The Medical and Nuclear Physics Teaching Lab builds upon the successful implementation of a Health Physics program at TSU begun in 2008. Health Physics concerns the understanding of nuclear processes as it affects safe working environments for living organisms (i.e. human beings in particular), within medical facilities, nuclear power plants, government research facilities, food processing centers, etc. Some of the equipment resources in this lab include:
Students enrolled in the traditional health physics program at TSU take two semesters of laboratory classes, which focus on unique hands- on experiments involving various radiation detection apparatuses, analyses, and techniques. In the first laboratory component, students learn how to use a Geiger-Mueller system to measure radiation emitted for various
radionuclide species. In the second installment of the laboratory sequence, students learn how to use a sodium iodide detector system to measure spectroscopic signatures from gamma-emitting radioisotopes. The final component in this sequence is a nuclear electronics laboratory, in which students learn fundamental signal pulse analysis using standard instrumentation commonly employed in nuclear and radiation physics.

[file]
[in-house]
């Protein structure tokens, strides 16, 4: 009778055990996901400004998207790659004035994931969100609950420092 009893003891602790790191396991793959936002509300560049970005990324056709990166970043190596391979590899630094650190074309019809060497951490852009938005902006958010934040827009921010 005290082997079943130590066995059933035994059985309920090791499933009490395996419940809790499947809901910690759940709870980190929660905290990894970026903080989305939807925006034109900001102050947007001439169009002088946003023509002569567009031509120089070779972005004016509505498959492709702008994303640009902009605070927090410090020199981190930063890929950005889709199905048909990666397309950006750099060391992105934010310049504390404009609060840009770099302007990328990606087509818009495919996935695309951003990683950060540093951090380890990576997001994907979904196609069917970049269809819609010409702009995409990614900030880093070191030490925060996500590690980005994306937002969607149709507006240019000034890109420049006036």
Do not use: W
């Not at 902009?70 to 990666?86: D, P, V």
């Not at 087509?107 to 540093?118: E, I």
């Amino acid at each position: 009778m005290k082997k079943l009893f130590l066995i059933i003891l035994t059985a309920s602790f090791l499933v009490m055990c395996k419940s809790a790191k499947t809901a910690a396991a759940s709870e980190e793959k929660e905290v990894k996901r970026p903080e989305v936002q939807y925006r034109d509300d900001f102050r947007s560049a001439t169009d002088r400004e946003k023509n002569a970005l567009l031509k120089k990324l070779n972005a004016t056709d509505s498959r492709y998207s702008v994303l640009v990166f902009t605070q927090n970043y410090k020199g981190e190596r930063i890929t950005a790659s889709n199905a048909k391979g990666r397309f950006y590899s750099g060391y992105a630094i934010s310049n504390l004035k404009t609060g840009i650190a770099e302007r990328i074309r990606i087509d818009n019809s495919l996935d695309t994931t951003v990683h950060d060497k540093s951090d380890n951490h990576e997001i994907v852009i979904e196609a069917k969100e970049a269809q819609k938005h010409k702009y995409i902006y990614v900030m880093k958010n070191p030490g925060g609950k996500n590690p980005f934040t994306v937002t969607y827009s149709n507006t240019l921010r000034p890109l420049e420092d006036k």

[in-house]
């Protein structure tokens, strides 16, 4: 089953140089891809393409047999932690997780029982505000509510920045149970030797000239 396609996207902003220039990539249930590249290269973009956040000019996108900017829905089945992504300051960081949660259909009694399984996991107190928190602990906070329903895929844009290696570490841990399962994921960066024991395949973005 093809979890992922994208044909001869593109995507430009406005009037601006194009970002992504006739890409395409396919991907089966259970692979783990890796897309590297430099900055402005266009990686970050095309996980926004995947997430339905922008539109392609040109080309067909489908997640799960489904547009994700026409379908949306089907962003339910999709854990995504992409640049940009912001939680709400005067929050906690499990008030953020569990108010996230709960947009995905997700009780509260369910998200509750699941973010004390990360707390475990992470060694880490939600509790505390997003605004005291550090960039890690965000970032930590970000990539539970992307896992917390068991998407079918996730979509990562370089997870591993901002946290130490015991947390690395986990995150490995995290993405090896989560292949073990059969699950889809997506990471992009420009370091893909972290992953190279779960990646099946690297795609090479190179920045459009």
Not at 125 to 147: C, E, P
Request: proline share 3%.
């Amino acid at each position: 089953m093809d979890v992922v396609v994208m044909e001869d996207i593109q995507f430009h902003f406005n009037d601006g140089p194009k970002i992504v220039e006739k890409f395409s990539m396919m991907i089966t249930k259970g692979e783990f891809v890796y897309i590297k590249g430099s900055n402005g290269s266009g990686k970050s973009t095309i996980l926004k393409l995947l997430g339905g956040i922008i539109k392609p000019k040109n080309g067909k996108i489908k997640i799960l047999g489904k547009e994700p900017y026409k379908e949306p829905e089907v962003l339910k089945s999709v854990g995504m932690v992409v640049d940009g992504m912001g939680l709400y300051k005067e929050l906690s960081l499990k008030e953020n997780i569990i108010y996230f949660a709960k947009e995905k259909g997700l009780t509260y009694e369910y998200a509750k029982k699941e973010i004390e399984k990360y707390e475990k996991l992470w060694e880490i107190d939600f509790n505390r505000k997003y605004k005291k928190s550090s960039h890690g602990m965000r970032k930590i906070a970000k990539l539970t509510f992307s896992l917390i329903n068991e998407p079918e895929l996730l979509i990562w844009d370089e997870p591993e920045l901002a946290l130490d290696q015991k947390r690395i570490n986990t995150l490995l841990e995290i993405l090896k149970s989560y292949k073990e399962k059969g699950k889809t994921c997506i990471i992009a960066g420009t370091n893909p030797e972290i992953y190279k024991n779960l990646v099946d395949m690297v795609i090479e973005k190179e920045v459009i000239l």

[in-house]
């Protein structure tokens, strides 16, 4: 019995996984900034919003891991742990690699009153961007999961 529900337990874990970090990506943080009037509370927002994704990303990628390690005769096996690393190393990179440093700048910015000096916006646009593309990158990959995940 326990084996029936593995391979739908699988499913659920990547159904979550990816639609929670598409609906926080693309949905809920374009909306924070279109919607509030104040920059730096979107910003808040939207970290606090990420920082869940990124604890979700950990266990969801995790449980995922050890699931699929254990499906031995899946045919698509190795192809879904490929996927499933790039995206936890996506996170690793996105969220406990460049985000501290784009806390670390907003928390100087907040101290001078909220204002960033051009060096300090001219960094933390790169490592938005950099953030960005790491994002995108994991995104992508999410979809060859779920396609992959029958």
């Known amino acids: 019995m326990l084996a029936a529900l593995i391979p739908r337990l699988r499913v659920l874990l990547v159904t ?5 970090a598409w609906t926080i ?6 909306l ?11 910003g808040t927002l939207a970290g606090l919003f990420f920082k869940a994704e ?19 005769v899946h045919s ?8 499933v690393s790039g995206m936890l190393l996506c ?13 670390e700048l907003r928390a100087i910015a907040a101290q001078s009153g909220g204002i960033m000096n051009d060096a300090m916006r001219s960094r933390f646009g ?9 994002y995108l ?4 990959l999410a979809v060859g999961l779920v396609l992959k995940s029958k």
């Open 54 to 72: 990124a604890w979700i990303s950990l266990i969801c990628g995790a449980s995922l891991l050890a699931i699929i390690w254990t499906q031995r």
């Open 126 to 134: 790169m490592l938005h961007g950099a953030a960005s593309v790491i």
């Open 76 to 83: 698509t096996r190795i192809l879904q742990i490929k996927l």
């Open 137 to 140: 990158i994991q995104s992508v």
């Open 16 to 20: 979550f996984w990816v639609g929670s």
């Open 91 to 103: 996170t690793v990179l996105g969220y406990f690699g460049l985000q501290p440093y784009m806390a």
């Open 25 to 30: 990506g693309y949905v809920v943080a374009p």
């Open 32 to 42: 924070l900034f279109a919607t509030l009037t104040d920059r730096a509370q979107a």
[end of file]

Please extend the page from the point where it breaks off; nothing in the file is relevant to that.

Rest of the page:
Given that Houston hosts the world’s largest Medical Consortium, The Texas Medical Center (TMC), it is natural to expand upon proven Health Physics capabilities that overlap Medical Physics. This concerns the understanding of nuclear physics as applied to medical diagnosis and treatment for illnesses such as cancer. To this extent, the Medical/Health – Nuclear Physics Teaching Laboratory will also expand into this area. TSU- Physics has produced exceptional students working or interning as radiation safety specialists. A list of these facilities included the Nuclear Regulatory Commission, UT MD Anderson Cancer Center, UT Health Science Center at Houston, Texas Commision on Environmental Quality (Radiation Division), UT Southwestern Medical Center. Additionally, TSU-physics graduates have gone on to attend either graduate school or medical school at the following institutions: Texas A&M University at College Station, University of Texas at Austin, School of Medicine-Texas Tech Health Sciences, Howard University, Morgan State University, Tulane University.
Funding for the radiation health physics laboratories have been provided by grants from the Nuclear Regulatory Commission.